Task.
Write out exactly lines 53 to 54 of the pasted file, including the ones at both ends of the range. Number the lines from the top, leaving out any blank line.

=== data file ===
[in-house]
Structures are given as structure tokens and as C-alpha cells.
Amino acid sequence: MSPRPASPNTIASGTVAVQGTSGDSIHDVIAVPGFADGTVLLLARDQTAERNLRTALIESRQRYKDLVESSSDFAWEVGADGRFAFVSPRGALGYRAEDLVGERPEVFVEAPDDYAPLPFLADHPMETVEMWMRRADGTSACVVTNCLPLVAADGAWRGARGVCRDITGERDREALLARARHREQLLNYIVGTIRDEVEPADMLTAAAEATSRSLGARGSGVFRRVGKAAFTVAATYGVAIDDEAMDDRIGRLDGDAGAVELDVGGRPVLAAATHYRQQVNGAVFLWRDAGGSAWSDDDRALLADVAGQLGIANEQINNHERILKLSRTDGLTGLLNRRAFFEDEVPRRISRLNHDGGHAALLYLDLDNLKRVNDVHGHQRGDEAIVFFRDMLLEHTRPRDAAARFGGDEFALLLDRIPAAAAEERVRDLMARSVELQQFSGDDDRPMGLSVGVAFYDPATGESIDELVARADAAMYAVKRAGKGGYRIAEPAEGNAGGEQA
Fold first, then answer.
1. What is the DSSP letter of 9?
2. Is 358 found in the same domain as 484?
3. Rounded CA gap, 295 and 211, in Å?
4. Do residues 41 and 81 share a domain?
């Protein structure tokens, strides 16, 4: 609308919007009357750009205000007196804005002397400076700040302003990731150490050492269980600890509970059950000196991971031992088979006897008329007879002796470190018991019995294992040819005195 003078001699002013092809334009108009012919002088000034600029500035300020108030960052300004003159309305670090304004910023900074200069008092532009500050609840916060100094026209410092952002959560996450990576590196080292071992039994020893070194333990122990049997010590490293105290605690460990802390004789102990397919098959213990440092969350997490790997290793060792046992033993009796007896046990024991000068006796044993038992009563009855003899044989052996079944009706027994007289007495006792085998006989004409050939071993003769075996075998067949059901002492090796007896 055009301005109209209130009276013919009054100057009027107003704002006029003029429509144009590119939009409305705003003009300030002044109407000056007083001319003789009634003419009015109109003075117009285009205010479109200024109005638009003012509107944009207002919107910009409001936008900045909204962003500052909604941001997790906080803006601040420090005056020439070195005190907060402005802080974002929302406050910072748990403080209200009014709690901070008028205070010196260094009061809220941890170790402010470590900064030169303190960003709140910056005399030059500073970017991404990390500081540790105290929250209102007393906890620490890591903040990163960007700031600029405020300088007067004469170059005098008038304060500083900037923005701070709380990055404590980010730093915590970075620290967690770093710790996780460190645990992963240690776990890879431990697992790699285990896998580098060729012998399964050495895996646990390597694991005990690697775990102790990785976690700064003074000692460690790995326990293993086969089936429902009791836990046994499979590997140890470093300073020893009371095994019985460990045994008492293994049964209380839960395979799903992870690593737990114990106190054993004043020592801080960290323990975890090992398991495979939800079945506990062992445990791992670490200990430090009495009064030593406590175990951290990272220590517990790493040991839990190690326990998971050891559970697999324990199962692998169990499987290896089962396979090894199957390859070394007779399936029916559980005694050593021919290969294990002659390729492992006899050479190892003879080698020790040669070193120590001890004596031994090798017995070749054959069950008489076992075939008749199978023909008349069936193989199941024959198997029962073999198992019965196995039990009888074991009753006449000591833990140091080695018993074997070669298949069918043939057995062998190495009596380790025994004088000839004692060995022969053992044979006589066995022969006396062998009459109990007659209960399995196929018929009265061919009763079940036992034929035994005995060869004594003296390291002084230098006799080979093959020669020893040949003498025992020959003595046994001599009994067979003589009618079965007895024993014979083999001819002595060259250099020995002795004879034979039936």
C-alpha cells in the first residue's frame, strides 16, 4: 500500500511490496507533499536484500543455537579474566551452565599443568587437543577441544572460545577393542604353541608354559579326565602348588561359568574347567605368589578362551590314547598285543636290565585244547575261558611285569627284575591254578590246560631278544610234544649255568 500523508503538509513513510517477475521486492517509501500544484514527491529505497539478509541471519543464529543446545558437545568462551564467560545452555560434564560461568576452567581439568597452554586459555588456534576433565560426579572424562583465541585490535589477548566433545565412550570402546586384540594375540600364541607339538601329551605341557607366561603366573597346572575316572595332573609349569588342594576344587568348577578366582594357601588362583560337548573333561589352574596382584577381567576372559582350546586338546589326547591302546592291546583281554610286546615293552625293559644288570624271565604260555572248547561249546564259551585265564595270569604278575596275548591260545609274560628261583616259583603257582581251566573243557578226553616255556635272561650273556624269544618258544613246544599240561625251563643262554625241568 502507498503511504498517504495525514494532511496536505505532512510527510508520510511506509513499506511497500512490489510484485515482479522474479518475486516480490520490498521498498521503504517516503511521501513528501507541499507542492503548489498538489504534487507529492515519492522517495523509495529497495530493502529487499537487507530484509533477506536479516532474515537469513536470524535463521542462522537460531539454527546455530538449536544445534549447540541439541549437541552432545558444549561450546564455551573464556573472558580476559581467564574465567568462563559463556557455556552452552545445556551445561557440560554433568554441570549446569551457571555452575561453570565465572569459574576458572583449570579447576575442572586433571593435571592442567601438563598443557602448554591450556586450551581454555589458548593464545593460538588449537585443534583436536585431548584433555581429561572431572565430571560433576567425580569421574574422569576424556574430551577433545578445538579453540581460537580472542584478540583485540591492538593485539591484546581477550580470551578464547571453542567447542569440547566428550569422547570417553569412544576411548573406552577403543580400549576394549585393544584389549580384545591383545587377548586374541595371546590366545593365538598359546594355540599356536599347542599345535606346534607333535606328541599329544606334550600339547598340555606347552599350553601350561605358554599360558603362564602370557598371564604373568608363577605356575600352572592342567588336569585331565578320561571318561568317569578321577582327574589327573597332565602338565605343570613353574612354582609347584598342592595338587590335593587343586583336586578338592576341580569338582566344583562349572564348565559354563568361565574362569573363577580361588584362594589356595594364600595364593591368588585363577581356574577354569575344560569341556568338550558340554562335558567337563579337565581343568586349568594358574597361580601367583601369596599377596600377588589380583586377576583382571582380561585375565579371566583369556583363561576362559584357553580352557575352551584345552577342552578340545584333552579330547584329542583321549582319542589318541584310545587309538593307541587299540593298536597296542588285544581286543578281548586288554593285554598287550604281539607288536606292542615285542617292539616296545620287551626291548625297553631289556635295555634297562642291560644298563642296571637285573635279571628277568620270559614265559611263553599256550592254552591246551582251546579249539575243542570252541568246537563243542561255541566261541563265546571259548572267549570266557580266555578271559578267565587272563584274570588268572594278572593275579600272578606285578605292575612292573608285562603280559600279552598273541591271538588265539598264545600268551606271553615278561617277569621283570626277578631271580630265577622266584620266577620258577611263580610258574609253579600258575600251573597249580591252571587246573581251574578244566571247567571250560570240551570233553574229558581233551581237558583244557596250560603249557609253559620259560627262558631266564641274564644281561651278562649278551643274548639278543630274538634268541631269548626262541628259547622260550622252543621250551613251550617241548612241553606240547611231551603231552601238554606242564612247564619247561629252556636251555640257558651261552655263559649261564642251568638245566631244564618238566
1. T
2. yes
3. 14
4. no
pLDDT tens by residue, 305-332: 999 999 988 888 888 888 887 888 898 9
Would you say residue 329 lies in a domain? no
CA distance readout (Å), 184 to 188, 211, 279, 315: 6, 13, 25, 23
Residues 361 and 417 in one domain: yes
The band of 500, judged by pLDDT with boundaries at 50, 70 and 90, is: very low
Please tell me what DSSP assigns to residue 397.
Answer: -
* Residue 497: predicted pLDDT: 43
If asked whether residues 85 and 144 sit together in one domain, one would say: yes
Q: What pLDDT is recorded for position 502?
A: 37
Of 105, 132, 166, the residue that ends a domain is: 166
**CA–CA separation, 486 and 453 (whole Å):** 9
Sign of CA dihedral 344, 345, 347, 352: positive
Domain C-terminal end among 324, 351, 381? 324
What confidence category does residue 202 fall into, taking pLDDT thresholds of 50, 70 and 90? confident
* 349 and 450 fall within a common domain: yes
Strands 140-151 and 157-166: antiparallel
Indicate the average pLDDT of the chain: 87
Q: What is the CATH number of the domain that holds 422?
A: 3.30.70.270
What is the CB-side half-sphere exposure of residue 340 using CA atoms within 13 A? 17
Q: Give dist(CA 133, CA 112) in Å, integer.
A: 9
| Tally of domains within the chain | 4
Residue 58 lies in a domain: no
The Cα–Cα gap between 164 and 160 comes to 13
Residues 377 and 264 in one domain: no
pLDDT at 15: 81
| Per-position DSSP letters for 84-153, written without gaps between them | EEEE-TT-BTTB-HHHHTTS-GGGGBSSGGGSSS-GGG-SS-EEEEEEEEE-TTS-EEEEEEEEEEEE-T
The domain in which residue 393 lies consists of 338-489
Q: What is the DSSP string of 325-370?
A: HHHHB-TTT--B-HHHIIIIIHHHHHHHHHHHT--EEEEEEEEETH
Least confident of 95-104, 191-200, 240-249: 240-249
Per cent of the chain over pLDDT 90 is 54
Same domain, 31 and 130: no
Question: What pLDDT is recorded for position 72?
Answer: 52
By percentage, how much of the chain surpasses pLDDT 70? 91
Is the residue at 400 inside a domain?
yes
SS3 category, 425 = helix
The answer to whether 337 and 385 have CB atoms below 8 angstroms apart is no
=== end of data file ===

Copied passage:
By percentage, how much of the chain surpasses pLDDT 70? 91
Is the residue at 400 inside a domain?